May the Sacrament of your Son, which we have received,
increase our strength, we pray, O Lord,
that from this mystery of unity
we may drink deeply of love’s power
and everywhere promote your peace.
Through Christ our Lord.
The lines above are from the Prayer after Communion in the Ritual Mass for Reconciliation in the Roman Missal. Along with the prayer composed by Teresa Berger , they strike me as particularly apt for these days, whether we are talking about Dallas or Baton Rouge, Orlando or San Bernardino. Or Nigeria or Yemen. Or Bangladesh or Iraq.
I do not want to suggest here that if only we have more / enough Ritual Masses for Reconciliation (or prayer services or Masses in time of civil disturbance, etc.,), then tensions over race and religion and culture will abate. But if our prayers and homilies and rituals never name or confront harmful ideologies about race, religion, and culture then we deprive the liturgy of a part of its lifeblood—which is our blood, sweat, and tears (tears of joy, yes, but also tears of anguish). Liturgy becomes disincarnate, as though Christians worship a docetic Jesus who floated serenely above life’s trials and tribulations. We send the message that the paschal mystery, the core of Christian belief and liturgical practice, has after all nothing to say about real bloodshed in the world.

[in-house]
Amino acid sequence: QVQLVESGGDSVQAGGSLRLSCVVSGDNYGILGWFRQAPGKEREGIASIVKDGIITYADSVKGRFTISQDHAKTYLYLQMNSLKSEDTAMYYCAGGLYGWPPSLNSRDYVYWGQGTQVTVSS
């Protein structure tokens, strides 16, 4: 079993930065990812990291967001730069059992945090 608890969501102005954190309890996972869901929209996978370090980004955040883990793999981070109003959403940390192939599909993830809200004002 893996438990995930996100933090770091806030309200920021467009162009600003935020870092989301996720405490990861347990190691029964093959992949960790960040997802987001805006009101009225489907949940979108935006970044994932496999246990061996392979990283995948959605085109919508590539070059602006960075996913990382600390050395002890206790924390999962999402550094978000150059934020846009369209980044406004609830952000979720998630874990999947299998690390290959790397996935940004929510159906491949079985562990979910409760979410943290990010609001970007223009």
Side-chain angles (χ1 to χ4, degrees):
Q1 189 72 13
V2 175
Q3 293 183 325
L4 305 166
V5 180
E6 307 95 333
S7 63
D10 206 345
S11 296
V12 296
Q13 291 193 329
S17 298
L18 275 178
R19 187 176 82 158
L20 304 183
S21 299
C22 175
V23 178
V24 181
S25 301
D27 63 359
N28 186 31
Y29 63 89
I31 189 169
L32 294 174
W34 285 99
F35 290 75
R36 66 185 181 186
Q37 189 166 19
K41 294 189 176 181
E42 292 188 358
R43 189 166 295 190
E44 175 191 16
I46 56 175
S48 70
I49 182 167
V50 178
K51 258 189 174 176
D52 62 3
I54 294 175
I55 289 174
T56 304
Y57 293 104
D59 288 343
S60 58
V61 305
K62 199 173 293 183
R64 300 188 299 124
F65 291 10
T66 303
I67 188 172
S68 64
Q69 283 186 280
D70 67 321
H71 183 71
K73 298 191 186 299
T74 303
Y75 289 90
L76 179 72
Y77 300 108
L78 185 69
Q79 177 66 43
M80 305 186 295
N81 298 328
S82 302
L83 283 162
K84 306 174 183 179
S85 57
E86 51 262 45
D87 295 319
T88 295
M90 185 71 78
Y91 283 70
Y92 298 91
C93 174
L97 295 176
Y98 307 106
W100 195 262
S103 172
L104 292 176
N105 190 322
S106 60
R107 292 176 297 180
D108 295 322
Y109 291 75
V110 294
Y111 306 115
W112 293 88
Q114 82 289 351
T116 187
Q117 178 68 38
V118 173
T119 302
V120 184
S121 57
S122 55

Apart from the prayer of the faithful, I do not recall any time in the past year when any part of a liturgy I attended addressed terrorism or racism. However, in the wake of the attacks of September 2001, I heard a homilist preach on God as shepherd: “We say to our shepherd: Find us!” Those impassioned words remain with me still. I invite readers to share their experiences of liturgies that did or did not address these large issues of our day.